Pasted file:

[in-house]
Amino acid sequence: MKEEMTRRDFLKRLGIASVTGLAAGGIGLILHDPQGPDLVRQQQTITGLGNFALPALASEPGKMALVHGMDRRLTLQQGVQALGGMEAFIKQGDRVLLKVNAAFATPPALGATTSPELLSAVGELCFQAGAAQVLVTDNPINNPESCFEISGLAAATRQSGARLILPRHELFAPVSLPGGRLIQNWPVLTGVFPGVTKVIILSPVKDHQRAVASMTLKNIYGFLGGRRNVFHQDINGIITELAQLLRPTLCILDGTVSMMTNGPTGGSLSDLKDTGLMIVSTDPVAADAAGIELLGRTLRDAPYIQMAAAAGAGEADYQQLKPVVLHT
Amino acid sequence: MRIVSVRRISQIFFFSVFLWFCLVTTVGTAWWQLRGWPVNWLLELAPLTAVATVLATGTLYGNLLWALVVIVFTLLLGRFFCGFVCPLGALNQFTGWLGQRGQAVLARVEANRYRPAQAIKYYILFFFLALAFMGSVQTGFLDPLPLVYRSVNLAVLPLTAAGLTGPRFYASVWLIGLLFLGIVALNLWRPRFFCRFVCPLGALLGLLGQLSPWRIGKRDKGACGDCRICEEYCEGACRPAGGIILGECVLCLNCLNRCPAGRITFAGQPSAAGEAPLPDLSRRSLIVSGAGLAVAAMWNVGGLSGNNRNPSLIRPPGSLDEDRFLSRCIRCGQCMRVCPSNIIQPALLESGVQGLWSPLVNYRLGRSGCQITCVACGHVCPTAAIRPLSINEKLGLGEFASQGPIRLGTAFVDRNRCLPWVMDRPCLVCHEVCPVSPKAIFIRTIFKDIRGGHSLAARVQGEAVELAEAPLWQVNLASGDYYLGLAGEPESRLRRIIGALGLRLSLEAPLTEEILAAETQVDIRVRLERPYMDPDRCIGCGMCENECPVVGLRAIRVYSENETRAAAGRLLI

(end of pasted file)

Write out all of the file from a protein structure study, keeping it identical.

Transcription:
[in-house]
Amino acid sequence: MKEEMTRRDFLKRLGIASVTGLAAGGIGLILHDPQGPDLVRQQQTITGLGNFALPALASEPGKMALVHGMDRRLTLQQGVQALGGMEAFIKQGDRVLLKVNAAFATPPALGATTSPELLSAVGELCFQAGAAQVLVTDNPINNPESCFEISGLAAATRQSGARLILPRHELFAPVSLPGGRLIQNWPVLTGVFPGVTKVIILSPVKDHQRAVASMTLKNIYGFLGGRRNVFHQDINGIITELAQLLRPTLCILDGTVSMMTNGPTGGSLSDLKDTGLMIVSTDPVAADAAGIELLGRTLRDAPYIQMAAAAGAGEADYQQLKPVVLHT
Amino acid sequence: MRIVSVRRISQIFFFSVFLWFCLVTTVGTAWWQLRGWPVNWLLELAPLTAVATVLATGTLYGNLLWALVVIVFTLLLGRFFCGFVCPLGALNQFTGWLGQRGQAVLARVEANRYRPAQAIKYYILFFFLALAFMGSVQTGFLDPLPLVYRSVNLAVLPLTAAGLTGPRFYASVWLIGLLFLGIVALNLWRPRFFCRFVCPLGALLGLLGQLSPWRIGKRDKGACGDCRICEEYCEGACRPAGGIILGECVLCLNCLNRCPAGRITFAGQPSAAGEAPLPDLSRRSLIVSGAGLAVAAMWNVGGLSGNNRNPSLIRPPGSLDEDRFLSRCIRCGQCMRVCPSNIIQPALLESGVQGLWSPLVNYRLGRSGCQITCVACGHVCPTAAIRPLSINEKLGLGEFASQGPIRLGTAFVDRNRCLPWVMDRPCLVCHEVCPVSPKAIFIRTIFKDIRGGHSLAARVQGEAVELAEAPLWQVNLASGDYYLGLAGEPESRLRRIIGALGLRLSLEAPLTEEILAAETQVDIRVRLERPYMDPDRCIGCGMCENECPVVGLRAIRVYSENETRAAAGRLLI